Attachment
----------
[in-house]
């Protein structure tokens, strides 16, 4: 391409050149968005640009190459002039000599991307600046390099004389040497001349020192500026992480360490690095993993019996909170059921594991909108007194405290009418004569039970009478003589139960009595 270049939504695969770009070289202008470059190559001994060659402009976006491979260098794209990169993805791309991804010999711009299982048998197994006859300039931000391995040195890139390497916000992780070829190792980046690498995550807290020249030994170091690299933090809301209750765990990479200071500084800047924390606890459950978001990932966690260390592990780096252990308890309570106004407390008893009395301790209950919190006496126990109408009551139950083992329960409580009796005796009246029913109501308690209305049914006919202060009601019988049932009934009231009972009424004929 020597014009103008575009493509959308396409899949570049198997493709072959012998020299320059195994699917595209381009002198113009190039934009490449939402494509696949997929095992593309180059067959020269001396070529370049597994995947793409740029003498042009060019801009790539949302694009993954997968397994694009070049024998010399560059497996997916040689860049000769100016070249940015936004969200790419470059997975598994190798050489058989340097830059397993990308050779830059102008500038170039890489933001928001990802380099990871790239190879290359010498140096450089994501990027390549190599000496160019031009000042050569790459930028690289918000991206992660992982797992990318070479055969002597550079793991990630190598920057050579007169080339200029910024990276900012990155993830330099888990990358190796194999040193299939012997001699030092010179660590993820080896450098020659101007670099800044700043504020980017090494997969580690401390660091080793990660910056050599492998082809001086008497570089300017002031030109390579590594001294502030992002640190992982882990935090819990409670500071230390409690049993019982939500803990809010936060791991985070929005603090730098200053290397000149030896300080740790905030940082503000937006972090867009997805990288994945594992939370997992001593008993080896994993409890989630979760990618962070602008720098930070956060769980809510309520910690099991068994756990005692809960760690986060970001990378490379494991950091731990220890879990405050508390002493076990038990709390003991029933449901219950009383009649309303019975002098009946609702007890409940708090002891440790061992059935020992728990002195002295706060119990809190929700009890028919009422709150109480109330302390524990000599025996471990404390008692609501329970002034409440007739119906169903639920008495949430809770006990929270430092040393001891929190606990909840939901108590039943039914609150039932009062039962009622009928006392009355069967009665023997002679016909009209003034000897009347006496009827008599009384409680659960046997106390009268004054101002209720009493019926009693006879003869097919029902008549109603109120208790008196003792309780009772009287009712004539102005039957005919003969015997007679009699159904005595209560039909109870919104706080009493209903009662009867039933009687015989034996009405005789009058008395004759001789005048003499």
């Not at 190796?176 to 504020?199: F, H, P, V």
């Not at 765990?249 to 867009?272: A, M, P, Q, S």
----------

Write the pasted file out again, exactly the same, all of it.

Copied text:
[in-house]
């Protein structure tokens, strides 16, 4: 391409050149968005640009190459002039000599991307600046390099004389040497001349020192500026992480360490690095993993019996909170059921594991909108007194405290009418004569039970009478003589139960009595 270049939504695969770009070289202008470059190559001994060659402009976006491979260098794209990169993805791309991804010999711009299982048998197994006859300039931000391995040195890139390497916000992780070829190792980046690498995550807290020249030994170091690299933090809301209750765990990479200071500084800047924390606890459950978001990932966690260390592990780096252990308890309570106004407390008893009395301790209950919190006496126990109408009551139950083992329960409580009796005796009246029913109501308690209305049914006919202060009601019988049932009934009231009972009424004929 020597014009103008575009493509959308396409899949570049198997493709072959012998020299320059195994699917595209381009002198113009190039934009490449939402494509696949997929095992593309180059067959020269001396070529370049597994995947793409740029003498042009060019801009790539949302694009993954997968397994694009070049024998010399560059497996997916040689860049000769100016070249940015936004969200790419470059997975598994190798050489058989340097830059397993990308050779830059102008500038170039890489933001928001990802380099990871790239190879290359010498140096450089994501990027390549190599000496160019031009000042050569790459930028690289918000991206992660992982797992990318070479055969002597550079793991990630190598920057050579007169080339200029910024990276900012990155993830330099888990990358190796194999040193299939012997001699030092010179660590993820080896450098020659101007670099800044700043504020980017090494997969580690401390660091080793990660910056050599492998082809001086008497570089300017002031030109390579590594001294502030992002640190992982882990935090819990409670500071230390409690049993019982939500803990809010936060791991985070929005603090730098200053290397000149030896300080740790905030940082503000937006972090867009997805990288994945594992939370997992001593008993080896994993409890989630979760990618962070602008720098930070956060769980809510309520910690099991068994756990005692809960760690986060970001990378490379494991950091731990220890879990405050508390002493076990038990709390003991029933449901219950009383009649309303019975002098009946609702007890409940708090002891440790061992059935020992728990002195002295706060119990809190929700009890028919009422709150109480109330302390524990000599025996471990404390008692609501329970002034409440007739119906169903639920008495949430809770006990929270430092040393001891929190606990909840939901108590039943039914609150039932009062039962009622009928006392009355069967009665023997002679016909009209003034000897009347006496009827008599009384409680659960046997106390009268004054101002209720009493019926009693006879003869097919029902008549109603109120208790008196003792309780009772009287009712004539102005039957005919003969015997007679009699159904005595209560039909109870919104706080009493209903009662009867039933009687015989034996009405005789009058008395004759001789005048003499």
């Not at 190796?176 to 504020?199: F, H, P, V």
């Not at 765990?249 to 867009?272: A, M, P, Q, S």